BLACKSBURG, Va., Jan. 19, 2010 – In his new book "Birthright," Virginia Tech professor of history A. Roger Ekirch brings to life an extraordinary story of intrigue and scandal, corruption, betrayal, and redemption.
Ekirch details the story of an orphaned aristocrat - freed from years of indentured labor in America to claim his rightful place as a peer of the realm – an ordeal that captivated eighteenth-century Britain. The saga inspired no fewer than five novels, including Robert Louis Stevenson’s classic adventure tale, Kidnapped.
Ekirch, the award-winning author of At Day’s Close: Night in Times Past, recounts the conflicts of the Annesley family, evoking the scents, sights, and sounds – the ancient rituals and violent debauchery – of life in Georgian Ireland. Birthright is based upon research in Ireland, the United Kingdom, and the United States, where Ekirch draws upon courtroom transcripts, newspapers, personal correspondence, and nearly 400 rarely seen yet remarkably detailed legal depositions. “An extraordinary work of history by one of America’s most imaginative historians, a true story more fascinating than fiction,” proclaims Pulitzer Prize-winning historian, Gordon S. Wood.
Per the publisher, W.W. Norton and Company:
“In 1728, at twelve years of age, Jemmy Annesley was kidnapped from Dublin and shipped by his uncle to the colonies as an indentured servant. Uncle Richard, his blood rival, usurped the boy’s inheritance of five aristocratic titles belonging to the mighty house of Annesley, together with sprawling estates in Ireland, England, and Wales. Only after twelve more years, in the American backwoods, did James successfully escape to Jamaica, then to England and Ireland where he set about reclaiming his birthright, all the while defying accusations of being a “pretender,” the bastard son of a maidservant, in addition to repeated attempts on his life. How, after such a long absence, in an age without DNA laboratories, fingerprint records, or photographs could an impoverished prodigal prove his identity, let alone his legitimacy? At stake during the epic trial held in Dublin - the longest in memory – was the greatest family estate ever put before a jury. Thus began a tortuous quest on the road to redemption – full of unforeseen twists and turns – followed closely by a rapt public, including George II, king of England.”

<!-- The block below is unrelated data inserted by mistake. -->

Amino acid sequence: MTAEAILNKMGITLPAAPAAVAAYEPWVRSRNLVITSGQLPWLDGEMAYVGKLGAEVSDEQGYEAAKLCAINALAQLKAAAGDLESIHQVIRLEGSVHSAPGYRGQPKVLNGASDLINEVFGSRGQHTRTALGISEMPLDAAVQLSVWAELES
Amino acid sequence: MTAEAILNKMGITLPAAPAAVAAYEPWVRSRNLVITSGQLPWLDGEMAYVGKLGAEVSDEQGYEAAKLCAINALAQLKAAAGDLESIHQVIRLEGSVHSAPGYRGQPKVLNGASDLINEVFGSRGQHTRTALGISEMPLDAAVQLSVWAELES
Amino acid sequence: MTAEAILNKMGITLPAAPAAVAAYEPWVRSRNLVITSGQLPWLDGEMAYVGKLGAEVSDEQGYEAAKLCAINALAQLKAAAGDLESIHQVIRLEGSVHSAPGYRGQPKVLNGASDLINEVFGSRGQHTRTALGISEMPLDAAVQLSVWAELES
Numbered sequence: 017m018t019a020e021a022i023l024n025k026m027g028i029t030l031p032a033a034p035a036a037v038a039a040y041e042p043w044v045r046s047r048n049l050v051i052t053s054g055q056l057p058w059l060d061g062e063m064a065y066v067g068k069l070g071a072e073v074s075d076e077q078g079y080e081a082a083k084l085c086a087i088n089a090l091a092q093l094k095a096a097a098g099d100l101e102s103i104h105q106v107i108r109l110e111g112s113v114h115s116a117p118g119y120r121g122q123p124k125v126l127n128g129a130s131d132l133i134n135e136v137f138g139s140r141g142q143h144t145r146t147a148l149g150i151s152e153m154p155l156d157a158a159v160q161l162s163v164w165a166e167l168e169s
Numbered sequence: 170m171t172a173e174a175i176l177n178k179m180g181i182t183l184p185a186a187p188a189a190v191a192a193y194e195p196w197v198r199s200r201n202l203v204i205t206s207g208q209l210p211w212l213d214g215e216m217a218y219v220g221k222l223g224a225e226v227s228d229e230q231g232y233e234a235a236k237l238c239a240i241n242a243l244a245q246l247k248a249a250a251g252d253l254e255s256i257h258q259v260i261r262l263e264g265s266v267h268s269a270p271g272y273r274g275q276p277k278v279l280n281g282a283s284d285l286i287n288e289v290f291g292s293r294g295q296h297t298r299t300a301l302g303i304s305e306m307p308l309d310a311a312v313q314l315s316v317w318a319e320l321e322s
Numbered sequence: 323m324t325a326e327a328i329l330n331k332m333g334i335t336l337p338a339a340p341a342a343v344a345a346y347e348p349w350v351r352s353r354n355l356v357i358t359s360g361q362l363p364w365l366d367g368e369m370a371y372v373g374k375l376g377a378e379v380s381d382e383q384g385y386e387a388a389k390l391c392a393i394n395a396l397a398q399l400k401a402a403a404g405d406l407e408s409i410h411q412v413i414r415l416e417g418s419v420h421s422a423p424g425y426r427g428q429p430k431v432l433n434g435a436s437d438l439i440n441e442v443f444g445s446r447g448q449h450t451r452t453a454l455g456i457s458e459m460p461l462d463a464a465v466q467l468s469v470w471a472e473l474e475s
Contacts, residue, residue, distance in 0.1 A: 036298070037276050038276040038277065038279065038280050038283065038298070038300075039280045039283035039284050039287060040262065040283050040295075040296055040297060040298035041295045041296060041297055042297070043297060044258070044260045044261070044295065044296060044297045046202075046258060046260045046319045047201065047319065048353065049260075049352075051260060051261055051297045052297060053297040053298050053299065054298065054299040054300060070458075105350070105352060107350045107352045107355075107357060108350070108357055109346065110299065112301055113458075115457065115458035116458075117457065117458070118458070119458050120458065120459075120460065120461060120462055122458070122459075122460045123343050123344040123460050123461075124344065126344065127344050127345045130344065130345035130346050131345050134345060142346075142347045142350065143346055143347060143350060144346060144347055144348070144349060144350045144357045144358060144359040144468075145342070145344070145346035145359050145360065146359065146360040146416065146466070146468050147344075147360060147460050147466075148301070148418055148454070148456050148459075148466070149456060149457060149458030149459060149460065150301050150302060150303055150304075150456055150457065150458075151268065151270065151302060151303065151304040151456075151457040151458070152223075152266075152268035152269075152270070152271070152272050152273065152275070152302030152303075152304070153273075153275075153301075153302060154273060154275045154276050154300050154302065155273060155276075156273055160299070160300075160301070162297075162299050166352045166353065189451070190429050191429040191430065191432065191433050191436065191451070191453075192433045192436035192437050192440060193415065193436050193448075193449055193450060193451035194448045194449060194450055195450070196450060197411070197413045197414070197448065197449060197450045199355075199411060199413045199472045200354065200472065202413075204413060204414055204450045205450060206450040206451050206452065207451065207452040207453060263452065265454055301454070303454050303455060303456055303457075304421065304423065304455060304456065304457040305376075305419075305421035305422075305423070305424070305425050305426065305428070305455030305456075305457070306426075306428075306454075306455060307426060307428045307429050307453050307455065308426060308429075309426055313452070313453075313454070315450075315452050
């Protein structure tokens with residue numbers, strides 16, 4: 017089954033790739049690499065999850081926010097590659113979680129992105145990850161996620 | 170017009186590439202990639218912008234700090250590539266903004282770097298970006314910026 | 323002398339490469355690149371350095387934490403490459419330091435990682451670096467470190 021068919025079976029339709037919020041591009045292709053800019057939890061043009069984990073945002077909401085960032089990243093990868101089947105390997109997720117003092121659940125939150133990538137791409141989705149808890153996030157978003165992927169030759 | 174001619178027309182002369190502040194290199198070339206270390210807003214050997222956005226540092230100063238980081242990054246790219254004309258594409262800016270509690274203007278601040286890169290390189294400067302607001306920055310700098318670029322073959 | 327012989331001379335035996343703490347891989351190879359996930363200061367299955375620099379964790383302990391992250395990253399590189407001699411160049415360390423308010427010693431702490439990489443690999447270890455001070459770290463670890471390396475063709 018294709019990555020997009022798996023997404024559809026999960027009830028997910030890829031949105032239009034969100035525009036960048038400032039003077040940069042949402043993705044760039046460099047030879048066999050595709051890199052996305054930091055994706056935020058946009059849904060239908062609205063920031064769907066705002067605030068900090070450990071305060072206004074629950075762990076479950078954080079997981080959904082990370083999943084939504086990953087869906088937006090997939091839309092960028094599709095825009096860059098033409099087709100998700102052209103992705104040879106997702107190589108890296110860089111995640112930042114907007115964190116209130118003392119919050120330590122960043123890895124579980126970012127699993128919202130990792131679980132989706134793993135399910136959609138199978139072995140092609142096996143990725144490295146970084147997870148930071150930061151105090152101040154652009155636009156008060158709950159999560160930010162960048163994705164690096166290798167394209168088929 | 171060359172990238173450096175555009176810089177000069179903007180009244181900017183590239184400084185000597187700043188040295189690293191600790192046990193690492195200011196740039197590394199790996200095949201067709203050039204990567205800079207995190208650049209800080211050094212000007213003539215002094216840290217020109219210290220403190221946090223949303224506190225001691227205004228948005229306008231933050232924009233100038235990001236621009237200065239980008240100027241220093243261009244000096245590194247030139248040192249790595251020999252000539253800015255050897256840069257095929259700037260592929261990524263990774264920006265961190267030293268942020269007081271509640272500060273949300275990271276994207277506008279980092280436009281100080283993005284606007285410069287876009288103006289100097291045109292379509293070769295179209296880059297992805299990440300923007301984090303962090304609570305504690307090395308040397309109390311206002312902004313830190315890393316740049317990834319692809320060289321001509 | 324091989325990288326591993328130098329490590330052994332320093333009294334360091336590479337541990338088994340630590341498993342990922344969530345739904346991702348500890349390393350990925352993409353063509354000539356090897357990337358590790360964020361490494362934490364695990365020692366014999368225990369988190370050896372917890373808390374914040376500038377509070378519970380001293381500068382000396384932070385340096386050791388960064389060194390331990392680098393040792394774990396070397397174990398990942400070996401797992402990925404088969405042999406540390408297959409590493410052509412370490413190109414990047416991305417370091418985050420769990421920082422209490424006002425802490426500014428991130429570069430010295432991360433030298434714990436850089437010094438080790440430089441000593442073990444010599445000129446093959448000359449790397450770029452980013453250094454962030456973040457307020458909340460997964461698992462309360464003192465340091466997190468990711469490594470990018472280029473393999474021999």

Now modern readers can experience for themselves the story of James Annesley’s journey. BIRTHRIGHT: The True Story that Inspired Kidnapped [W. W. Norton & Company; $24.95 cloth] will be released on Jan. 25, 2010. Ekirch will be discussing Birthright at the Library of Congress in the Mary Pickford Theater on April 15 at noon.